When you check social media, you see siblings who always have each other’s back and doing cute, funny things together. The situation in your house could, however, not be different. Your kids seem to fight all the time and have turned you into a referee.
Disagreements may be unwelcomed, but they aren’t always a bad thing. In fact, Anne Graham, a child and adult psychologist in Apohaqui, NB, says, “These disagreements can provide an arena for learning about conflict resolution that will help them later in life.”
So, how can you help your kids work through their differences and live in harmony?
Know when to respond
When your kids are bickering, it seems like an easier option to help solve the conflict so the shouting can stop. However, butting in isn’t always the solution because it teaches your kids to ask for your help each time there is a problem. Instead, listen in on their conversation and see if your help is needed or whether they can solve the problem without you. However, if someone is getting hurt, whether physically or verbally, step in immediately.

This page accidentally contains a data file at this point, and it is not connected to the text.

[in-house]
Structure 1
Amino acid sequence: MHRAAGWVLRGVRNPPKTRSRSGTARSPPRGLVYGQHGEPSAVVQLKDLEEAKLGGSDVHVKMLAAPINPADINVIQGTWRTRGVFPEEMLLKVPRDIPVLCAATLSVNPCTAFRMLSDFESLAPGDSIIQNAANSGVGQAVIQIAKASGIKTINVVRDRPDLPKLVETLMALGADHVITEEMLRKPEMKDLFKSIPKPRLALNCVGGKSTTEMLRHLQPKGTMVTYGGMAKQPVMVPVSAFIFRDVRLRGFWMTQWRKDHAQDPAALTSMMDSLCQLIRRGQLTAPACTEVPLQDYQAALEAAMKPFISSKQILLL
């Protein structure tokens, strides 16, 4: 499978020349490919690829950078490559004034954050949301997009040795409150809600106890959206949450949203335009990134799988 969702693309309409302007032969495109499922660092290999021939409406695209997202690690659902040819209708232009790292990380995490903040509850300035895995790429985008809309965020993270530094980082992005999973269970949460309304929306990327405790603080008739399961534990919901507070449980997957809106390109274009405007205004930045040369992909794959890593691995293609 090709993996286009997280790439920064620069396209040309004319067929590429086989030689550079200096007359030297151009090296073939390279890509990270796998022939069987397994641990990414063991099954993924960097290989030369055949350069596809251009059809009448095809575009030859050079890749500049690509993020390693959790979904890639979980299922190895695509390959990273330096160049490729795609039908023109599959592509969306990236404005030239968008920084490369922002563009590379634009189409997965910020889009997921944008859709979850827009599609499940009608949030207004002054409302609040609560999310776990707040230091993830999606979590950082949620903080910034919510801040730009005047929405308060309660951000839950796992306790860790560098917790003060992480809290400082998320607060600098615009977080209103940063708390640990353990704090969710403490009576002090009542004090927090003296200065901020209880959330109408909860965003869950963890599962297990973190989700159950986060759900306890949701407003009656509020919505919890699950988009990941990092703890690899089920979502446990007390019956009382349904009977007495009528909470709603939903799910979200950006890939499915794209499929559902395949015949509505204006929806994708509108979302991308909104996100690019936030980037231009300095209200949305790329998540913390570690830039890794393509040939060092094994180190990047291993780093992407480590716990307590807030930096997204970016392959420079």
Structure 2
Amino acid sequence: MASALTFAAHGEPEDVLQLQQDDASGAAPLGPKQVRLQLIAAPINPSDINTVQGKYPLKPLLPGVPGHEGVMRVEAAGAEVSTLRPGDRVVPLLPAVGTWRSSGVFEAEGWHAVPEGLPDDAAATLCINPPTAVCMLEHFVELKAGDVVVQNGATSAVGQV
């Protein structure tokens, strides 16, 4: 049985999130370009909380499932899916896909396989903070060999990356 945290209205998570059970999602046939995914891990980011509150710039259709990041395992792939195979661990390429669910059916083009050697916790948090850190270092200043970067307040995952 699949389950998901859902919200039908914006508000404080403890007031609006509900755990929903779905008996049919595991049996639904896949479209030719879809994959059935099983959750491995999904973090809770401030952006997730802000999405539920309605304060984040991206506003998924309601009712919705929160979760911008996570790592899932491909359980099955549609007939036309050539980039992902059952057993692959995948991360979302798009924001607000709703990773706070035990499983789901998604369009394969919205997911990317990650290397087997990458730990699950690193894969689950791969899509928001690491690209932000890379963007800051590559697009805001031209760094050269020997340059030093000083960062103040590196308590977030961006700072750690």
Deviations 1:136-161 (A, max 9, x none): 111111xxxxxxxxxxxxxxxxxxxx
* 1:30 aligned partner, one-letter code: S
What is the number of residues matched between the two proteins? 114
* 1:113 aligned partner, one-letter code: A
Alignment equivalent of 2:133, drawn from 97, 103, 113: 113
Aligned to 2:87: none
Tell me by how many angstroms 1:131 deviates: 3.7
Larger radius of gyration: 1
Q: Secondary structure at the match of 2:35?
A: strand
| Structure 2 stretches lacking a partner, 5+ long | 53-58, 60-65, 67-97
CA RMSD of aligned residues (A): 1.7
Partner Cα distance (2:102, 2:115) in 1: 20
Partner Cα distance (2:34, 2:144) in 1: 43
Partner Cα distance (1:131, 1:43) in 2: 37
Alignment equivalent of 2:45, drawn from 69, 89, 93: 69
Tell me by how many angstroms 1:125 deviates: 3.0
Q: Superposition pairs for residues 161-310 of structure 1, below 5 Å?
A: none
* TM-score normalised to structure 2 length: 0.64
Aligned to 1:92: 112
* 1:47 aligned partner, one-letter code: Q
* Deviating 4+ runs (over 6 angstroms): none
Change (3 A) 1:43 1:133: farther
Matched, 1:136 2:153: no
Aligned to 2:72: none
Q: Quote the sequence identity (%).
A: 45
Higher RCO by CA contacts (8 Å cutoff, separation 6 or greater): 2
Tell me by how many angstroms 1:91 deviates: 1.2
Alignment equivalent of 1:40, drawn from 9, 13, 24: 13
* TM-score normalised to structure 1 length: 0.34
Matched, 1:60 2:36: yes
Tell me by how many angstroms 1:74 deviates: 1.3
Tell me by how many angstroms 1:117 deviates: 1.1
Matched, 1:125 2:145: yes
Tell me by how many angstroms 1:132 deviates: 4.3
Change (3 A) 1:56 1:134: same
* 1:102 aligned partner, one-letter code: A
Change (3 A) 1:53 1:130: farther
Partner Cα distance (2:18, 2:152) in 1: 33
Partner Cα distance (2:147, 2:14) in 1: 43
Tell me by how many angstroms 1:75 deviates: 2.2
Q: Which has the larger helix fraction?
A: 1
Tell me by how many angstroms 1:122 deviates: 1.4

Teach kids how to express themselves
Kids have a lot to say, whether they are annoyed or calm. The best time to teach self-expression, however, is when kids are calm. Interact with them and teach them to name their emotions and say exactly how a situation makes them feel. “I also encourage them to talk when they are calm and relaxed, so they can use those skills when they’re stressed,” says Graham
Respect each child’s anatomy
Everyone is different, and in a world full of labels, it’s easy to label who’s more athletic, musical, etc. However, this only increases rivalry as your children fight to beat each other and get a better label. When you respect their anatomy, things change. Graham says: “It develops their independence, allowing them to learn to play on their own, and gives them time to be quiet and regulate their emotions.”
Give each child your attention
No, not when they ask you a question or bug you, but a time they get to spend with you. Schedule it in and let your child know when they get special time. This is a time when you give them your undivided attention and learn who they are, their preferences, and dislike.
Keep your emotions in check
In the heat of an argument, it’s easy for you to but in guns blazing. But this only teaches your kids that aggression is ok, and thus, they continue fighting. Remember, kids’ do what you do, not what you tell them to do. Before you blow up, take a deep breath and deal with your own frustrations first. This helps your kids see how you cope, and they can emulate you.
Kids need a neutral party, someone stable who has their back. Being neutral is the security your kid needs, so don’t pick sides. Also, you are a role model. So how you respond during sibling fights will highly determine how your kids react.